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New tool allows scientists to visualize sugar transport in vivo

July 22, 2015

phospho image of maize leaves

This 18F phosphor image shows the in vivo transport of the radioactive sucrose molecule in normal (WT) and mutant (sut1) maize leaves after 1-hour of exposure. sut1 plants lack a gene involved in loading sugar into the phloem.

Plants move sugar from their leaves to the flowers, roots, and other organs via the phloem. Understanding sugar transport is a significant aspect of plant biology that could have important applications to food and biofuel production. In a new report published in the May 29 online issue of PLOS One, the Braun lab reports on a new radioactive tracer that allows scientists to visually track sucrose as it moves into and through the phloem.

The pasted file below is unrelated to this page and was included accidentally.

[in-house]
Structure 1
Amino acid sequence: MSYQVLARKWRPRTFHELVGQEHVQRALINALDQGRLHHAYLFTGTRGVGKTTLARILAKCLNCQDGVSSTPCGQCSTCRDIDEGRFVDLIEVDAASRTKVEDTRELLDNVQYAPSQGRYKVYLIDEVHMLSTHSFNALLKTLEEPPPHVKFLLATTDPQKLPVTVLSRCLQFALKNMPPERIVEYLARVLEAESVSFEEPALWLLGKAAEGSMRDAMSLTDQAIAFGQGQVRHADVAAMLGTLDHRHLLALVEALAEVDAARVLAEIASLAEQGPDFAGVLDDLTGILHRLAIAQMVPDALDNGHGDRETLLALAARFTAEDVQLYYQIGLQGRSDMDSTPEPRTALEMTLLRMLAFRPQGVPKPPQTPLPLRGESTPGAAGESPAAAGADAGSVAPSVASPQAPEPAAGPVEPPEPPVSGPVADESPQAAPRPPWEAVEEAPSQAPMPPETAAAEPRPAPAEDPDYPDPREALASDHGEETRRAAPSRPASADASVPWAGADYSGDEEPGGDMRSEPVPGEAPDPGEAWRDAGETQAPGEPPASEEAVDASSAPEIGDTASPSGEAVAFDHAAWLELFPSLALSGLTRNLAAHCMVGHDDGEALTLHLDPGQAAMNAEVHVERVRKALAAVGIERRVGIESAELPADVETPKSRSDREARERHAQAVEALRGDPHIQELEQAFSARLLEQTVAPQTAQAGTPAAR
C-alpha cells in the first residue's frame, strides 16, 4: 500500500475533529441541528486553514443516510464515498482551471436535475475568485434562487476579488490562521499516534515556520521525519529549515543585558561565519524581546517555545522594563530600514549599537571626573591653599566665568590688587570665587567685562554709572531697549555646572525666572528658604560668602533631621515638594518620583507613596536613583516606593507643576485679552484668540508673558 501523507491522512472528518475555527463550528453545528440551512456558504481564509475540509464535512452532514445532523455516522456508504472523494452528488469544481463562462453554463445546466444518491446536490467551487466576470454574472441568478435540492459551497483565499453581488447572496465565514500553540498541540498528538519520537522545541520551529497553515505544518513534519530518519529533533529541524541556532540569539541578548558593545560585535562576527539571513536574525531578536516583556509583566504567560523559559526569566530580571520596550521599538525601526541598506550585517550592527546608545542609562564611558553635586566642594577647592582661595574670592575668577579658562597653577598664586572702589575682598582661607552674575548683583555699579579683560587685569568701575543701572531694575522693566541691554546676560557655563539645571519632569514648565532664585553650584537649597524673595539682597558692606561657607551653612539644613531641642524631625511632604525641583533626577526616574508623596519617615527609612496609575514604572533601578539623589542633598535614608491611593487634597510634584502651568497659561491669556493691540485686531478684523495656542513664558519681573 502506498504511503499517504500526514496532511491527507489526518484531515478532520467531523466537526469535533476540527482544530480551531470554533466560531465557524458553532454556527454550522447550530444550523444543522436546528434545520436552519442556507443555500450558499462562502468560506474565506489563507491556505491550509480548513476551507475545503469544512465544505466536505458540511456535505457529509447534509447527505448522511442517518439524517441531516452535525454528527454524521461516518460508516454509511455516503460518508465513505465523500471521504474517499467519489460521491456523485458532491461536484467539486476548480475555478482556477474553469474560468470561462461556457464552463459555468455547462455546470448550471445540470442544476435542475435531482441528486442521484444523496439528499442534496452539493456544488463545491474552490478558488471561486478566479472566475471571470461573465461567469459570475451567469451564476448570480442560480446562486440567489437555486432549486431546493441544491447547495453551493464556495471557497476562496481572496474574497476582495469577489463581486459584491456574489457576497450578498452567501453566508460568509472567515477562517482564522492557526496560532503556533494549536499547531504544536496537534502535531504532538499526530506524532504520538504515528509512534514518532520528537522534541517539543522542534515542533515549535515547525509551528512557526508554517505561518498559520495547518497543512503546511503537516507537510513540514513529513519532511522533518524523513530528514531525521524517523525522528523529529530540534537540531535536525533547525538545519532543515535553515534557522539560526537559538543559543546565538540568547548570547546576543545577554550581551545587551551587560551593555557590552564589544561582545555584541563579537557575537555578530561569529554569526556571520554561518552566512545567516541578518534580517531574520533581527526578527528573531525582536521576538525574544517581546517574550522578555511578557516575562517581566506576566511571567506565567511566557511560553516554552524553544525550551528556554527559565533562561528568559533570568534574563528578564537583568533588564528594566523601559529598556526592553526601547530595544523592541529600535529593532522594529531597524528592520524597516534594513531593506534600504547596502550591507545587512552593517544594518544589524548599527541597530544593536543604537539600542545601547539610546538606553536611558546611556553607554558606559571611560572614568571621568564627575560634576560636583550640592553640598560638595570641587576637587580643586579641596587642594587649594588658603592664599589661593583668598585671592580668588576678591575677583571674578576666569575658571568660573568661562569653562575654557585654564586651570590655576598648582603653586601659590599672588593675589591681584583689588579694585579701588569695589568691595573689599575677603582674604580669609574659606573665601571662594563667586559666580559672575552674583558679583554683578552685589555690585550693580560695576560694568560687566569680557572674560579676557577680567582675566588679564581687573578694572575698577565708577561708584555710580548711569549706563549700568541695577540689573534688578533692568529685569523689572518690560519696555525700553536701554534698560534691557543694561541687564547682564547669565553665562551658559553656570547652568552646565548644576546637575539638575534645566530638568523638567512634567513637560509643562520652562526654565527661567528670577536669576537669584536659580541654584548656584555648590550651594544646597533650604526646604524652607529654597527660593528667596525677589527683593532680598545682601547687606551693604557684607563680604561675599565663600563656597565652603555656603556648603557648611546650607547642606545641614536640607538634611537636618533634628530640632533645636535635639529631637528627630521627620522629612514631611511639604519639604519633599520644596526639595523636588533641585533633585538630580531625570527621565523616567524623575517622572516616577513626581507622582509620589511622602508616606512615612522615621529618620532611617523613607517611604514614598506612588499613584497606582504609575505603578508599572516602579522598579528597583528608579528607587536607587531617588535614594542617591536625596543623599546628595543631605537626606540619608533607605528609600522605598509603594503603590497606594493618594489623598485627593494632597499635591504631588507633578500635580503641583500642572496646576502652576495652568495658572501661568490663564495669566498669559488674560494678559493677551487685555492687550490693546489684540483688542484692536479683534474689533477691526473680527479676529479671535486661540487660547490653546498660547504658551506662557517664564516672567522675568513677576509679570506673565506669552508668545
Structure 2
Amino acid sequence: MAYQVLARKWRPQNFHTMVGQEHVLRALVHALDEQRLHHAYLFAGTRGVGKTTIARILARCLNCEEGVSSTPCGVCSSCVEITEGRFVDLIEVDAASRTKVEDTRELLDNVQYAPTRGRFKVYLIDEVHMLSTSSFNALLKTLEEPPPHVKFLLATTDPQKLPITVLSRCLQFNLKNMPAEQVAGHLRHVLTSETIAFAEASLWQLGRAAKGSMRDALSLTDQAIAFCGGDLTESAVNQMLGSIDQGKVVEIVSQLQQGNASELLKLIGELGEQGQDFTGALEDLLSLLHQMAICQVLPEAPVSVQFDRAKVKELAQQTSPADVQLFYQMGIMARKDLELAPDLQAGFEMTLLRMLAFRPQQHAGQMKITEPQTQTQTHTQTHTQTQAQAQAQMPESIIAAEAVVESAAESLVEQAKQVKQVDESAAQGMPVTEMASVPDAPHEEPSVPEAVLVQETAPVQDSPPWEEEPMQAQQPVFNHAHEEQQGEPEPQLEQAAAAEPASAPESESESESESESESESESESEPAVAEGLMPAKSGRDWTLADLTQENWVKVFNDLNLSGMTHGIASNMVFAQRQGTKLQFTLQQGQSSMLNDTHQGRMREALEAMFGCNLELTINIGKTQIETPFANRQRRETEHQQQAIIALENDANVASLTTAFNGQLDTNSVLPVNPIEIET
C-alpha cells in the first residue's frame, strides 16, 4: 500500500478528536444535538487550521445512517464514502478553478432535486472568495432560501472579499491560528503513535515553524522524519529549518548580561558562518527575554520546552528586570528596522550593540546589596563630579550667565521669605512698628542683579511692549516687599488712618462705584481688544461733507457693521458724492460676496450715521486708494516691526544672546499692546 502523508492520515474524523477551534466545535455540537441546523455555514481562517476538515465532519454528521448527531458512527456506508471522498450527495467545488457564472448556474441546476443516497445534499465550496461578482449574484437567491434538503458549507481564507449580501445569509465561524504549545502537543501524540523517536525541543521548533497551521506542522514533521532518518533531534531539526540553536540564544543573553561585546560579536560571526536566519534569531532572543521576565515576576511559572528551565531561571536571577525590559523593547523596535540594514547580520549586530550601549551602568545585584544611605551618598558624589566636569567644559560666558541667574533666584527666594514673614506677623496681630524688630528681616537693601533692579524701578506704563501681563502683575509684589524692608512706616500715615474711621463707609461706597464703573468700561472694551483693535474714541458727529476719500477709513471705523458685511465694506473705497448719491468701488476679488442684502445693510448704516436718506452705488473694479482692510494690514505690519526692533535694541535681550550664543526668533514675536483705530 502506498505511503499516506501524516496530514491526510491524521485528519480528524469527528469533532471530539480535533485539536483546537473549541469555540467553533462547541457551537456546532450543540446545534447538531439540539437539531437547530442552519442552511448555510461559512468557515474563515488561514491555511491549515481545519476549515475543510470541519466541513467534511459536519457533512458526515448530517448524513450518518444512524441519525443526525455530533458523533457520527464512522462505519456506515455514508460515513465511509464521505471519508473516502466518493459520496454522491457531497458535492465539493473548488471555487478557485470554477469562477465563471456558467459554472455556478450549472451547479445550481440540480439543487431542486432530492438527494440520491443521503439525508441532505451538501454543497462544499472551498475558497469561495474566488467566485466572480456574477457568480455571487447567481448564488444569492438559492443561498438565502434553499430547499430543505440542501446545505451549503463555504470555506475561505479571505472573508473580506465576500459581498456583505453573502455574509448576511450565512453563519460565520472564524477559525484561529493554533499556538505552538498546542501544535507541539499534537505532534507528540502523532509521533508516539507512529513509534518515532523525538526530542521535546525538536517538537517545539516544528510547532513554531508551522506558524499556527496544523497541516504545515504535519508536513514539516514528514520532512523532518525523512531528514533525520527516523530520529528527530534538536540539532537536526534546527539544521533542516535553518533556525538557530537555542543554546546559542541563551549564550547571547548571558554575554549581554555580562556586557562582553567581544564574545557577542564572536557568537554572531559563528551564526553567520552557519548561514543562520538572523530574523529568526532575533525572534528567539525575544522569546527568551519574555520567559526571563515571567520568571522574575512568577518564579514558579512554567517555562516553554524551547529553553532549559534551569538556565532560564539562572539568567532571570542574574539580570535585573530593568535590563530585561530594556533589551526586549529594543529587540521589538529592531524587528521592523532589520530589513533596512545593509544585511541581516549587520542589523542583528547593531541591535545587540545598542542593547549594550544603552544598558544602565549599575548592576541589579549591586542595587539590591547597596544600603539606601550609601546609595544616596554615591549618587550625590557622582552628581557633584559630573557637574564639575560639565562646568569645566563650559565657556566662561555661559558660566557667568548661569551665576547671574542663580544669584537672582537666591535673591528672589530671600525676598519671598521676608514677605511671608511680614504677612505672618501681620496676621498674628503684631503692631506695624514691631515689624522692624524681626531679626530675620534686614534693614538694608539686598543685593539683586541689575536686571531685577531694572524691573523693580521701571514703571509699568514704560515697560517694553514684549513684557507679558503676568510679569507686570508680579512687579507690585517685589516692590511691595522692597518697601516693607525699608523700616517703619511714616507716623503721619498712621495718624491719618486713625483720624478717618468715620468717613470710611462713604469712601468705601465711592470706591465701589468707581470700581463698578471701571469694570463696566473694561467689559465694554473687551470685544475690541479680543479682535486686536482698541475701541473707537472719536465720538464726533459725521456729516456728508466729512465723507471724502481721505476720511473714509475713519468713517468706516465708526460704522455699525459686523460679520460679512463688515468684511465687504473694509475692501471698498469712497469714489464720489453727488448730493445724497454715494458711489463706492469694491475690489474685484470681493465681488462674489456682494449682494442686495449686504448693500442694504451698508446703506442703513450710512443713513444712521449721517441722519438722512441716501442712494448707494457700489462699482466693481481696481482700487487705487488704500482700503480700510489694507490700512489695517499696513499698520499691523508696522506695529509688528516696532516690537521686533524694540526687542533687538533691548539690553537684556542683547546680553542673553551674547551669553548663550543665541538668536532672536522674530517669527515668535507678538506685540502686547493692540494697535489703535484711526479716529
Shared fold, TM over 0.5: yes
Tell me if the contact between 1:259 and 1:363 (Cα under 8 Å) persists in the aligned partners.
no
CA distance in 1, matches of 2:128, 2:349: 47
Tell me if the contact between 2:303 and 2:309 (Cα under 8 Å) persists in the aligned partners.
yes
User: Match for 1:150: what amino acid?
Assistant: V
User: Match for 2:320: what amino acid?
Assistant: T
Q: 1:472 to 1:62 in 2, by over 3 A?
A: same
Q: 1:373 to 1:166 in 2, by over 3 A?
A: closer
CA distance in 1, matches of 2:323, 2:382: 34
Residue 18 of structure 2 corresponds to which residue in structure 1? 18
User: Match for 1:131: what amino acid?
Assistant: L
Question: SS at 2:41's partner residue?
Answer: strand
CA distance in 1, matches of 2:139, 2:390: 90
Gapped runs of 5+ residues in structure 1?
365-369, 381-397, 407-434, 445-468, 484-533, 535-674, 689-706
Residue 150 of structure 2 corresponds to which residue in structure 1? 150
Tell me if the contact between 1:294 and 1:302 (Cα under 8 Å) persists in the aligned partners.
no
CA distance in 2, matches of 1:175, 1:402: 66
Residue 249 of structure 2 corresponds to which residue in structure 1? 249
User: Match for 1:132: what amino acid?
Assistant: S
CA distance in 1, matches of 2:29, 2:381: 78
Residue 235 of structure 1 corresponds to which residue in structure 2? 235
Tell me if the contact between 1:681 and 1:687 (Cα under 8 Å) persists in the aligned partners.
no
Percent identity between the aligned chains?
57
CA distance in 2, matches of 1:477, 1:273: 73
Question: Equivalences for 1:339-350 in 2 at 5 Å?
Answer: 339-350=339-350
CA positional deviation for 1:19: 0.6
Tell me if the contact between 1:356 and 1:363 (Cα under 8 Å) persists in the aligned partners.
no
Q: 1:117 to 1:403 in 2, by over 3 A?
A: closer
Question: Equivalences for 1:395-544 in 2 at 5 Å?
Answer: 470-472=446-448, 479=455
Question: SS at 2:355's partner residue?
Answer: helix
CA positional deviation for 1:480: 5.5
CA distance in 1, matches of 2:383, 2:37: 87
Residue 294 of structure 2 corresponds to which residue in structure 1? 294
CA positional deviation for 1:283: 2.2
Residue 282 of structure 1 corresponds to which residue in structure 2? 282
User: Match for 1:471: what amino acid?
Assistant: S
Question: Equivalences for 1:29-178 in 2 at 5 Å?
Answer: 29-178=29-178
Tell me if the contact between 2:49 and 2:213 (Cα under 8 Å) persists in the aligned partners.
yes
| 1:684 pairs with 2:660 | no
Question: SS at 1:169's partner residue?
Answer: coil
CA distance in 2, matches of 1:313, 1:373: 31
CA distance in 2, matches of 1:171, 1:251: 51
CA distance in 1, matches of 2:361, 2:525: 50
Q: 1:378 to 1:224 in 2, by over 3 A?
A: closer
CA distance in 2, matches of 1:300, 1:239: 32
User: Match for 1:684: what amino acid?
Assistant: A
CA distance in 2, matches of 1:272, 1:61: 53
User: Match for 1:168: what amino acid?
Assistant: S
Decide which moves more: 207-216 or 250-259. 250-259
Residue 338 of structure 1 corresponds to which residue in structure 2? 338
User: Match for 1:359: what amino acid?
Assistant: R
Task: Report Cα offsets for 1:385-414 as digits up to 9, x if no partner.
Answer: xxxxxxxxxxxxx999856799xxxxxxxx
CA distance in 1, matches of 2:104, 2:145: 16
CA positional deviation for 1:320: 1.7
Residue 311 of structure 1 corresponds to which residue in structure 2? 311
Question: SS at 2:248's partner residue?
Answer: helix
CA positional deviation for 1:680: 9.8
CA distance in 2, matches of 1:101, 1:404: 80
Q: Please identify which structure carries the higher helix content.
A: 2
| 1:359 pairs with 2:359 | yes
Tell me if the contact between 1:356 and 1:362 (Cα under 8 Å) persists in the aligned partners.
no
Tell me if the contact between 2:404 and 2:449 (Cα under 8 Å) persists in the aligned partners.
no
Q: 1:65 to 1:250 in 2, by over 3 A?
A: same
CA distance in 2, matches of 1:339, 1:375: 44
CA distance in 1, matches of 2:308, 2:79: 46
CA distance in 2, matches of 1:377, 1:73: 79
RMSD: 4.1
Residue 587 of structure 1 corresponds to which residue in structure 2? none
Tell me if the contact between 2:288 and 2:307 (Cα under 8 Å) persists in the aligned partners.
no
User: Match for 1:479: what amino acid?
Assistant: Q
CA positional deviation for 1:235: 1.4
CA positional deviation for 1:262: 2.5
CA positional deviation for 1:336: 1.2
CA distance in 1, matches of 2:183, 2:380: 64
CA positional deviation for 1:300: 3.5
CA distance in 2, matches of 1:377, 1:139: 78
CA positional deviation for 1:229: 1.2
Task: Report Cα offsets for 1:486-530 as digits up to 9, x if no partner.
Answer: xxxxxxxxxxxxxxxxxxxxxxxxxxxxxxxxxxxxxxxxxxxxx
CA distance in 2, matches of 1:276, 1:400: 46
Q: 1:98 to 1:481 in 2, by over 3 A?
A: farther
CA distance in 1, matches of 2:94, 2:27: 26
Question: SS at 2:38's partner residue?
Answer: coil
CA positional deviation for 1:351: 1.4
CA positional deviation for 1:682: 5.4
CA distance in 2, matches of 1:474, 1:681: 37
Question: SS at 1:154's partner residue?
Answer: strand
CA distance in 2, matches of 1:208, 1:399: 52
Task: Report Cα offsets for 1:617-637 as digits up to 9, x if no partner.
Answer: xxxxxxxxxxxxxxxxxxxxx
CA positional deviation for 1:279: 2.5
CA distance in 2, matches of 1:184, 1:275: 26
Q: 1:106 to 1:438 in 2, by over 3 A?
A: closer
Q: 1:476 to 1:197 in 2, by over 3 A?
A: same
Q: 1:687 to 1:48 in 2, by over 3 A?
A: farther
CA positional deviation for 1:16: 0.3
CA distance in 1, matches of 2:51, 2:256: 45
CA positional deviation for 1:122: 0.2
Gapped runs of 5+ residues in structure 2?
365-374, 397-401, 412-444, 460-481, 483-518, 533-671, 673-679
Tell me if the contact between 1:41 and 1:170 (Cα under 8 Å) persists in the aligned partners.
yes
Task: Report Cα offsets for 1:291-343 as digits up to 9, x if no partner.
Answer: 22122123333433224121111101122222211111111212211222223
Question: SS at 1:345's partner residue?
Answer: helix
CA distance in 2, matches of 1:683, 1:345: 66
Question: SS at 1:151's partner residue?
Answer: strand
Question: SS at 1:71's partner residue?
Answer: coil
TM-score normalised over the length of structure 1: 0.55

For the study, the researchers synthesized a new radioactive sucrose molecule in the lab and tested it in normal maize plants and in maize plants defective in sugar transport. They found that this radiotracer can be used to accurately visualize sucrose transport in living plant material and has experimental and imaging advantages over current radiotracer technologies.

The research was a collaboration among chemists, radiochemists, and plant biologists at MU.

“There are very few places in the world where this type of interdisciplinary science can be done, and being at MU enables these scientific interactions and cutting edge science,” said David Braun, associate professor of biological sciences and corresponding author of the study.

Read the study: Rotsch D, et al. 2015. Radiosynthesis of 6’-Deoxy-6’[18F]Fluorosucrose via automated synthesis and its utility to study in vivo sucrose transport in maize (Zea mays) leaves, PLOS One, DOI: 10.1371/journal.pone.0128989.

The study was supported by grants from the U.S. Department of Energy and the U.S. National Science Foundation.

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Written by: Melody Kroll

Related research strengths:
Genetics & Genomics, Plant Biology